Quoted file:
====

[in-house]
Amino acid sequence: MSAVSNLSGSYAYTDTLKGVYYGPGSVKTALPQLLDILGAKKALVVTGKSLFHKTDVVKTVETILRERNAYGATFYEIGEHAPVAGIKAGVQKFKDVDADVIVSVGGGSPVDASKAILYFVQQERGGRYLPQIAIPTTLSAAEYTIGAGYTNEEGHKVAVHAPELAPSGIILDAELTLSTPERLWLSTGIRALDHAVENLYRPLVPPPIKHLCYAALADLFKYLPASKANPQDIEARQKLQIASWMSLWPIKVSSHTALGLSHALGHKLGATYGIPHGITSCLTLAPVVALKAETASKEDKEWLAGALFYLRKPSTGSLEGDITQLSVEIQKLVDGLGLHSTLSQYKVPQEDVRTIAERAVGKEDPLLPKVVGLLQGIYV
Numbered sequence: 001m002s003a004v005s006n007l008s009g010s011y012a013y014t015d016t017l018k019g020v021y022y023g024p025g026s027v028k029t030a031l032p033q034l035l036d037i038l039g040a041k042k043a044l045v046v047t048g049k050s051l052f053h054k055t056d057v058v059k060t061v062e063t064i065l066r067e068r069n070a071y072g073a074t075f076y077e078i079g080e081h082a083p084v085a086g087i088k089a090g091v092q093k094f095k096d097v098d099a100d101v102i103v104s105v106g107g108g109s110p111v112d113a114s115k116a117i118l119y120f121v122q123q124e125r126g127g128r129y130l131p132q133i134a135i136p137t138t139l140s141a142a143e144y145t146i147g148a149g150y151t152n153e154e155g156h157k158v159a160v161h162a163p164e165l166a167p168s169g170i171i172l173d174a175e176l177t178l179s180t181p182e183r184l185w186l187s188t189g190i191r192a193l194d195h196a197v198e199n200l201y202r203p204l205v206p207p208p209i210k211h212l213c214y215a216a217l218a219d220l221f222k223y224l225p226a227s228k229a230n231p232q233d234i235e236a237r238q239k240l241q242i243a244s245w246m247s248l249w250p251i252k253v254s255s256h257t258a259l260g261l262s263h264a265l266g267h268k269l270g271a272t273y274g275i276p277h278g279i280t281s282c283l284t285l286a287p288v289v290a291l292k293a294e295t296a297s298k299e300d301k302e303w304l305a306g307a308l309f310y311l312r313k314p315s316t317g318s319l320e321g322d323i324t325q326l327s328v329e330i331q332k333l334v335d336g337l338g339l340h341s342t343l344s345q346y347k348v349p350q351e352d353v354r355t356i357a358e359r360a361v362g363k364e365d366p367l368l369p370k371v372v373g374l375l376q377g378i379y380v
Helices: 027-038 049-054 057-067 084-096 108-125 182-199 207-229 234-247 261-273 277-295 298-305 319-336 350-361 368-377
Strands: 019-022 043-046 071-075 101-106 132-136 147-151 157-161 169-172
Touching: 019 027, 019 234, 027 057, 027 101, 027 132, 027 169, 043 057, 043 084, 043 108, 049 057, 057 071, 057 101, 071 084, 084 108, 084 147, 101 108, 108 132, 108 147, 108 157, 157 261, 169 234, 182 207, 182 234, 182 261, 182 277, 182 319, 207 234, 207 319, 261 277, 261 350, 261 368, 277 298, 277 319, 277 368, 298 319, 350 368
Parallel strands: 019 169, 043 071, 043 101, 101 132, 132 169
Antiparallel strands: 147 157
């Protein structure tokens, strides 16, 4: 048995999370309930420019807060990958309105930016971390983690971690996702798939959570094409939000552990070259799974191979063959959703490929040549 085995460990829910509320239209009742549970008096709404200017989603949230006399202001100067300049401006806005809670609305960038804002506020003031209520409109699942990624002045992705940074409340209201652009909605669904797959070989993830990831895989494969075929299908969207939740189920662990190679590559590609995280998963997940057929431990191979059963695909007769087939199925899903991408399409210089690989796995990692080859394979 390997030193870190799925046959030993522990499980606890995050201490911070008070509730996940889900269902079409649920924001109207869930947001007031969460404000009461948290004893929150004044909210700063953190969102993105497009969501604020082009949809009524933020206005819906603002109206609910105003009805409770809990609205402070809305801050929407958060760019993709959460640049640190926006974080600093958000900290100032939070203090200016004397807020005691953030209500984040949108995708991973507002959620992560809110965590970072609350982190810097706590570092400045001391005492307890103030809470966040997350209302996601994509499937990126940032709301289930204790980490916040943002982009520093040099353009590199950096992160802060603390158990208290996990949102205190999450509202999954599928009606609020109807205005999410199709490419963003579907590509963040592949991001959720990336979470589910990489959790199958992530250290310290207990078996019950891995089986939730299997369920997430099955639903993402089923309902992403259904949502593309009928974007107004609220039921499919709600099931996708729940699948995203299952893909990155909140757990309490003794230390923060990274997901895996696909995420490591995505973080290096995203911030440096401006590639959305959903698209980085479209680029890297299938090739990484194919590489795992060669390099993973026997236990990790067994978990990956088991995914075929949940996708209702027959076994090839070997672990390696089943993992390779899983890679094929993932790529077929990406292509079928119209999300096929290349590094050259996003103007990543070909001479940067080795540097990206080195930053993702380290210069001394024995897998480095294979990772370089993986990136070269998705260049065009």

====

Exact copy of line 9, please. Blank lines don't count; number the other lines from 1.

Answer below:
């Protein structure tokens, strides 16, 4: 048995999370309930420019807060990958309105930016971390983690971690996702798939959570094409939000552990070259799974191979063959959703490929040549 085995460990829910509320239209009742549970008096709404200017989603949230006399202001100067300049401006806005809670609305960038804002506020003031209520409109699942990624002045992705940074409340209201652009909605669904797959070989993830990831895989494969075929299908969207939740189920662990190679590559590609995280998963997940057929431990191979059963695909007769087939199925899903991408399409210089690989796995990692080859394979 390997030193870190799925046959030993522990499980606890995050201490911070008070509730996940889900269902079409649920924001109207869930947001007031969460404000009461948290004893929150004044909210700063953190969102993105497009969501604020082009949809009524933020206005819906603002109206609910105003009805409770809990609205402070809305801050929407958060760019993709959460640049640190926006974080600093958000900290100032939070203090200016004397807020005691953030209500984040949108995708991973507002959620992560809110965590970072609350982190810097706590570092400045001391005492307890103030809470966040997350209302996601994509499937990126940032709301289930204790980490916040943002982009520093040099353009590199950096992160802060603390158990208290996990949102205190999450509202999954599928009606609020109807205005999410199709490419963003579907590509963040592949991001959720990336979470589910990489959790199958992530250290310290207990078996019950891995089986939730299997369920997430099955639903993402089923309902992403259904949502593309009928974007107004609220039921499919709600099931996708729940699948995203299952893909990155909140757990309490003794230390923060990274997901895996696909995420490591995505973080290096995203911030440096401006590639959305959903698209980085479209680029890297299938090739990484194919590489795992060669390099993973026997236990990790067994978990990956088991995914075929949940996708209702027959076994090839070997672990390696089943993992390779899983890679094929993932790529077929990406292509079928119209999300096929290349590094050259996003103007990543070909001479940067080795540097990206080195930053993702380290210069001394024995897998480095294979990772370089993986990136070269998705260049065009």